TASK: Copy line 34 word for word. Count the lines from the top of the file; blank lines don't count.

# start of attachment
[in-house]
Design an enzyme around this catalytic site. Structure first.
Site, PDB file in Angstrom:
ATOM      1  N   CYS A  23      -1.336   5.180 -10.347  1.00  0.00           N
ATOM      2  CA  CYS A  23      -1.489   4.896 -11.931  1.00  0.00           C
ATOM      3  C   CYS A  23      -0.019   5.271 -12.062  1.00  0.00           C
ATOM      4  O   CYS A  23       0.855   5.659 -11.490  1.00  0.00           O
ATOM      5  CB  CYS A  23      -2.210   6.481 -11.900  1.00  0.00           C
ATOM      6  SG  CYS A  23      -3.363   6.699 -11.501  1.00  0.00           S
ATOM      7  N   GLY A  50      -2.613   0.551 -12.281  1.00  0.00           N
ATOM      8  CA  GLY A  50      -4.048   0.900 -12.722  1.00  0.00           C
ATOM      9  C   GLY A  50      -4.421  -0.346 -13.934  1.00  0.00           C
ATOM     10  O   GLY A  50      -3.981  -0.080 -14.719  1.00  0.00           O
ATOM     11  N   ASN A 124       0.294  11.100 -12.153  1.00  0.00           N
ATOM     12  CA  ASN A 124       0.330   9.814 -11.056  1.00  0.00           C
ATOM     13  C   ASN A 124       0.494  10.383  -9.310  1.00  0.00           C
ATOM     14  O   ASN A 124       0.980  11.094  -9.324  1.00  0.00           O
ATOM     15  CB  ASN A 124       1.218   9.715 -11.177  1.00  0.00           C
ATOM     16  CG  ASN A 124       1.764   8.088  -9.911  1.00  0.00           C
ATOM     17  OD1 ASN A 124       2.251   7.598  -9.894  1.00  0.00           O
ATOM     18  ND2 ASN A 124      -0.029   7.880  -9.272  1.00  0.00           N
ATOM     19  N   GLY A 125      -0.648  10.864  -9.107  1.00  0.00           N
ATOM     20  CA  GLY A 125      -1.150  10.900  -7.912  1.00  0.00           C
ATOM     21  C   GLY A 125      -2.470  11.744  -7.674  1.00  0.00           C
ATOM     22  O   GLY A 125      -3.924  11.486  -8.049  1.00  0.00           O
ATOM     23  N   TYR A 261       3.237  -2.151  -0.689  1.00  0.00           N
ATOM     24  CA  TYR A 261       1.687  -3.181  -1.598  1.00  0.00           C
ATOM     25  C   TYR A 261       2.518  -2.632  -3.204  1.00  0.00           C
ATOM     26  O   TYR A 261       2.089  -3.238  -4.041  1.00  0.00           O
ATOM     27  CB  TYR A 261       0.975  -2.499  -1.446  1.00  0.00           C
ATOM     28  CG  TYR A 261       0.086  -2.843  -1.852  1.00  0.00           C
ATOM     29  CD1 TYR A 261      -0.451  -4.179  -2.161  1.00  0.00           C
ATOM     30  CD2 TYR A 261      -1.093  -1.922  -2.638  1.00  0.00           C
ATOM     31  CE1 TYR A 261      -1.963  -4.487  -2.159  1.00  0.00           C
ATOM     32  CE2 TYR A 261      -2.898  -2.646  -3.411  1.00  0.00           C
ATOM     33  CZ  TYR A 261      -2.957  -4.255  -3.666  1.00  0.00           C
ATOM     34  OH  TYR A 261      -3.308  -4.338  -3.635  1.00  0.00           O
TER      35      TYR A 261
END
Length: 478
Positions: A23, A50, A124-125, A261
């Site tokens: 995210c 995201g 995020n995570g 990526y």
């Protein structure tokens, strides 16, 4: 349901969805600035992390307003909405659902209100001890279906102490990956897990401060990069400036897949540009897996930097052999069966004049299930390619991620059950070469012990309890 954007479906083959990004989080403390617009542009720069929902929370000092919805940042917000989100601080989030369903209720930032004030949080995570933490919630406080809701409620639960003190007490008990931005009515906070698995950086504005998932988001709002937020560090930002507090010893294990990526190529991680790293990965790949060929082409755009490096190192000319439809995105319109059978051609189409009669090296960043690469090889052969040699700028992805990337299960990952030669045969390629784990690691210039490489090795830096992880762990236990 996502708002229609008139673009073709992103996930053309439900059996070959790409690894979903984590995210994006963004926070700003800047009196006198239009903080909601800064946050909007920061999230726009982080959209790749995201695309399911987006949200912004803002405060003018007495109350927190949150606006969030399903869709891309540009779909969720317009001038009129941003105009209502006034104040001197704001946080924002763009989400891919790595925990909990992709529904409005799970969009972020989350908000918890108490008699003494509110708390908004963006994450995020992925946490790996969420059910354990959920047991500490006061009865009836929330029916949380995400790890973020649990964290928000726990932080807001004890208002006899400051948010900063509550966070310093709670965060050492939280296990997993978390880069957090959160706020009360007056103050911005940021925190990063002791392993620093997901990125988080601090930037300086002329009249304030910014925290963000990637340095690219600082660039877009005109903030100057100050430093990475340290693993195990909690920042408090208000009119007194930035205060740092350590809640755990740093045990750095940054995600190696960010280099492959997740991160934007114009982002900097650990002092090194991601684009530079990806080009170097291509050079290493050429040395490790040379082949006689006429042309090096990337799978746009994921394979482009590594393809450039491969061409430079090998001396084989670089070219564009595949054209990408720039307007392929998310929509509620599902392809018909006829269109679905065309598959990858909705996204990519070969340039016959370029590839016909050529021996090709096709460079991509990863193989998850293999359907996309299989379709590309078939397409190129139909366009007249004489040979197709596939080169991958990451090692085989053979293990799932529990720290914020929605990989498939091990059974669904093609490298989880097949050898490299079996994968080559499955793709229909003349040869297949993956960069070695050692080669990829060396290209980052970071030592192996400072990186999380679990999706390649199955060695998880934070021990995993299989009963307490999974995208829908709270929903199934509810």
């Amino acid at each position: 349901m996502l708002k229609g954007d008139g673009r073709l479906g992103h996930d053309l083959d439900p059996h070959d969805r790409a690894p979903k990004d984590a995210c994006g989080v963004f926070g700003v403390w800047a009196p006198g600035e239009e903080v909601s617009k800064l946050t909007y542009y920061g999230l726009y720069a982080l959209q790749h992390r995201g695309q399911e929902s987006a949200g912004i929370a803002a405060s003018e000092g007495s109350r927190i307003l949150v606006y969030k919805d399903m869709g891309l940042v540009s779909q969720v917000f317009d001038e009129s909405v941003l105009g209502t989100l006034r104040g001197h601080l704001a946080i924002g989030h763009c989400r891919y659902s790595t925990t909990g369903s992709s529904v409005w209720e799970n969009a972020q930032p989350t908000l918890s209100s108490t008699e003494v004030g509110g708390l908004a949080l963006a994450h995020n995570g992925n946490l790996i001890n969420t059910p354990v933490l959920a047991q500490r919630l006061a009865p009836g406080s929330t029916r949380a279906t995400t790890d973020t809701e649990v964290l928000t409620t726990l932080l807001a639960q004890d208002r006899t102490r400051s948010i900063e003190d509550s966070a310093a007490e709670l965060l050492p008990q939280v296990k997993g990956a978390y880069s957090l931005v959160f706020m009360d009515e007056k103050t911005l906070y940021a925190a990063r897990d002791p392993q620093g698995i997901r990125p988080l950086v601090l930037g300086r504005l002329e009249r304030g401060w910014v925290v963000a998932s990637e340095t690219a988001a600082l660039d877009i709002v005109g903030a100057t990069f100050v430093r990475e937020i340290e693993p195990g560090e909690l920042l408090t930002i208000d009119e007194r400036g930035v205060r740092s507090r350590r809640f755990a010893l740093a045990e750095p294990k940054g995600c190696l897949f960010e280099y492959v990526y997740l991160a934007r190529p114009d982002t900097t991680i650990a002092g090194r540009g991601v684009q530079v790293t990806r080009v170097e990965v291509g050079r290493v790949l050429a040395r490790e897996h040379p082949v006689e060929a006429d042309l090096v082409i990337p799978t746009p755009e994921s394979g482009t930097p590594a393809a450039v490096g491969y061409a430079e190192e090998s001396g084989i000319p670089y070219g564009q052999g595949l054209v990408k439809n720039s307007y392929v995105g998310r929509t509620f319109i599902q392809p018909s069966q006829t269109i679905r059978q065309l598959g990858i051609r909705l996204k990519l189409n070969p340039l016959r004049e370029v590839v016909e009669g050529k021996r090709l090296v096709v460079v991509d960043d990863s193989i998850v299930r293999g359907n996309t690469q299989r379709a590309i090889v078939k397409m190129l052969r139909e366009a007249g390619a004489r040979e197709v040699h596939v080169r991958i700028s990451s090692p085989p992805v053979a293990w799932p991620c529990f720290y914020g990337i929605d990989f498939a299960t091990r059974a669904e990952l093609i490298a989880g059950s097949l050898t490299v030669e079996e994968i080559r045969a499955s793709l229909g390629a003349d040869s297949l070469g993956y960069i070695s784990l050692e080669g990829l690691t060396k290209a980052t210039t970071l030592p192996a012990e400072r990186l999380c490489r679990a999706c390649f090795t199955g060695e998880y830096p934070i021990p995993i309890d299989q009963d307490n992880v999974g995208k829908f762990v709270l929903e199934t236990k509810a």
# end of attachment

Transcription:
ATOM     31  CE1 TYR A 261      -1.963  -4.487  -2.159  1.00  0.00           C